Hilary Bryanston shares some of the the stories and experiences which have inspired her artwork.
From the Cave to the Sea
(From the series Gates, Places, and Maps)
Painted in 1995, this is one of the pictures that I produced whilst I was undergoing hypnotherapy treatment for migraine. Oddly, the treatment did nothing to shift the migraine, yet removed completely a creative blockage that I was suffering from at the time. Thus I emerge slowly up the steps of the underworld and into the light by the sea. This later became true when I moved from the city to the countryside in 1996.
The Ship Diptych
Painted in 1996 – the year that I relocated from a Victorian town house in Birmingham to a remote cottage on the side of a mountain near to Pontardawe in South West Wales.
Thus the picture anticipated the turbulence of moving home, studio and workshop. Yet it is also about the idea of the spaceship.
This one travels and possibly rotates through air, space, water and time. The panels within the ship appear to open and shut and shift around like a rubic cube. The whole ship is in motion – a vehicle to other realms. Alien beings are represented on the upper left by six ‘figures,’ standing alongside one another.
The Mountain is Fluid
I don’t think that I could have painted this picture unless I was surrounded by quarries. Some of them are open cast areas which have never been restored. The idea that the mountain is not as solid and impenetrable as it might first appear becomes as accessible fact. To the owners of the quarry, the earth’s resources are totally fluid – to be spooned out like honey for material gain.
The Terracotta Figures, Number 1
This is the first figure out of a series. It was originally conceived as a ‘companion’ or ‘protector’ for the Lady of the Lake, who became disenchanted with her husband the farmer who physically abused her. So it is a kind of continuation of the legend of LLYN-Y-FAN-FACH.
The terracotta figures work best as a group, with solid forms giving gravity and mass, and an earthy terracotta red energy.
Winter Walk on the Cribarth
It was the day before Christmas Eve, I think, in 2008. As it was a very clean, sunny day with a real bite in the air, I decided to go for a walk up the Cribarth. This is a very strangely shaped mountain, known locally as the ‘Sleeping Giant.’ There are stunning views of its amazing silhouette from the road that leads past Abercraf and onto Brecon. [As photographed by Ian Glendenning]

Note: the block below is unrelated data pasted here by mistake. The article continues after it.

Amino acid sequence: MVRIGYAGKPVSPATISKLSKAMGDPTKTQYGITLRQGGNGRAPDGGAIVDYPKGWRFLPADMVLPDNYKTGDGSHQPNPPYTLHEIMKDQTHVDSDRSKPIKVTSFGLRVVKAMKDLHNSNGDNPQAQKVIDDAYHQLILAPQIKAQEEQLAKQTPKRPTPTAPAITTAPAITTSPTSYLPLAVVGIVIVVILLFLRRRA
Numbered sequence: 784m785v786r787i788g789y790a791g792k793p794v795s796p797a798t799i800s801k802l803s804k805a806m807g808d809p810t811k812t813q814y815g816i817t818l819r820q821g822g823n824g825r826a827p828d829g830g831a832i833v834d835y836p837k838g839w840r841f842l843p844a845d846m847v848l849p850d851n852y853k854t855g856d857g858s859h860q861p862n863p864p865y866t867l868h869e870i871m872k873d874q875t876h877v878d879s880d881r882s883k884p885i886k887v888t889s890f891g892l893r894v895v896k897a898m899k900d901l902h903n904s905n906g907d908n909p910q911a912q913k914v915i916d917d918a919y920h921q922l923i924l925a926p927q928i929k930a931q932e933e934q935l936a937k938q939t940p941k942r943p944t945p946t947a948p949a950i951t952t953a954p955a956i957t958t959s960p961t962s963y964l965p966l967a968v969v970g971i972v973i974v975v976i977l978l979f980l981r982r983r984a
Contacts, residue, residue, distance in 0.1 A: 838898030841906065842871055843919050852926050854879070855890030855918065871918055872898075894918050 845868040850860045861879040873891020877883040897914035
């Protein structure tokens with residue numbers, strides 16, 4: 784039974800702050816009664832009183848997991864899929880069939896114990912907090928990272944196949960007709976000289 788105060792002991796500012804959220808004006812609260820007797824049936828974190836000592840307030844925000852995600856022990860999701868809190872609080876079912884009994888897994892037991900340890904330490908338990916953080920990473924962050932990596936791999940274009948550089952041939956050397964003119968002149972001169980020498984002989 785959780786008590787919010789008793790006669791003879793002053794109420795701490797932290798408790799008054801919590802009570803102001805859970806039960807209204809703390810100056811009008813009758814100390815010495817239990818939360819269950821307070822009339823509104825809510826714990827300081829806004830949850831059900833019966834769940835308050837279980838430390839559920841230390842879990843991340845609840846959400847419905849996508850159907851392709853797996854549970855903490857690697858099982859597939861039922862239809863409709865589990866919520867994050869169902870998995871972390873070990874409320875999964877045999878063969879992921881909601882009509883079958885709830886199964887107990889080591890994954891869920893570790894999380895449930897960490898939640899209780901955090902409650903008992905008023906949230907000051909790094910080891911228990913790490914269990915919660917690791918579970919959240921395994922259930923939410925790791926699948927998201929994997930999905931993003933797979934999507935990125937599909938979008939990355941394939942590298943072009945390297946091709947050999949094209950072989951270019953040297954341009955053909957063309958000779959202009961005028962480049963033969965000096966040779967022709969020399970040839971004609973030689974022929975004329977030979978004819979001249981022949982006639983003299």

The walk was totally deserted – I could hear my own footsteps. As I left the woods and started to glimpse the rocky outcrops higher up, I had a very odd sensation. I lost some time. One minute I was on my way up; the next, I was walking speedily down the old railway track towards the woodland. It was getting late and there was only just about enough light to pick my way through the woods. I felt quite shaken. I’m not at all sure exactly what happened up there, so I decided to paint this picture. This is really an early Portal Picture, as I felt on my walk that I had entered another dimension.
Mermaids with Angels
Painted during the harsh winter of 2009, these figures look perfectly at home in a mild climate! As I was completely isolated, living down a long farm track – impassable in snow – perhaps this provided the external conditions necessary to produce paintings of this kind of intensity.
The central figure (a mermaid) tells the viewer that this is really fiction – as she sits unconcerned and totally wrapped up in a book. The book, of course, gives the stories about the paintings of angels with mermaids and the tale of the rather disparaging figure on the left who, like the narrator, appears to be alone.
The Computer and the Red Field
Another picture painted whilst being snowed in at my remote cottage for more than tendays in the winter of 2010. The computer itself is a kind of portal which has the means to transport the user through time and space into other dimensions and worlds. The ‘buttons’ that swirl around the monitor are sometimes with and sometimes without centres. The monitor itself displays a completely abstract image that resembles a Red Field Painting. On the bottom right is an arena-like space with a ‘wall of death’, yet there appears to be no audience.
The Elephant’s Choices (Portal Series)
The elephant has everything it needs. A pond to bathe in, a mound to climb, a brightly lit palace, and a vast, grassy meadow. There are even distant hills and a maze garden in a thicket.
Yet the palace is also a gatehouse impossible to pass through; the labyrinth is lit up and enticing, yet it is a safe place to go. The plain is vast, but where does it lead to?
A Painting for Jean Genet
Jean Genet was an inspired writer. I discovered that Jean Cocteau and Jean Paul Satre campaigned to have him released from his life sentence in jail. I read some of his books and plays, and when I painted this picture, I realized that the imagery was coming from Genet’s book, Our Lady of the Flowers.
This is the right vehicle to use when passing from one kind of portal to another.
I was thinking of the artist as alchemist when I painted this picture. I needed a crucible and so I created one. The bracelet-like shape resembles a Celtic torque. The jeweller is absent. The viewer becomes the jeweller.
And so the picture is also about the act of painting itself: the heat, the fire, the steam; the bending and shaping of metal; the hewing of rock.
In the bottom right-hand corner burns the eternal flame. I thought of this as the fire of creativity. It is also a cave and a symbol of femininity.
Post-War to Post-Modern: A Dictionary of Artists in Wales, by Peter W. Jones & Isabel Hitchman; ISBN 978 848518766
SEE HILARY’S WEBSITE (www.hilarybryanston.co.uk) FOR MORE IMAGES AND DETAILS OF WORKSHOPS AND EXHIBITIONS.
WINDOW ONTO WALES…WINDOW ONTO WALES…WINDOW ONTO WALES
Hosted by Wendrich artHouse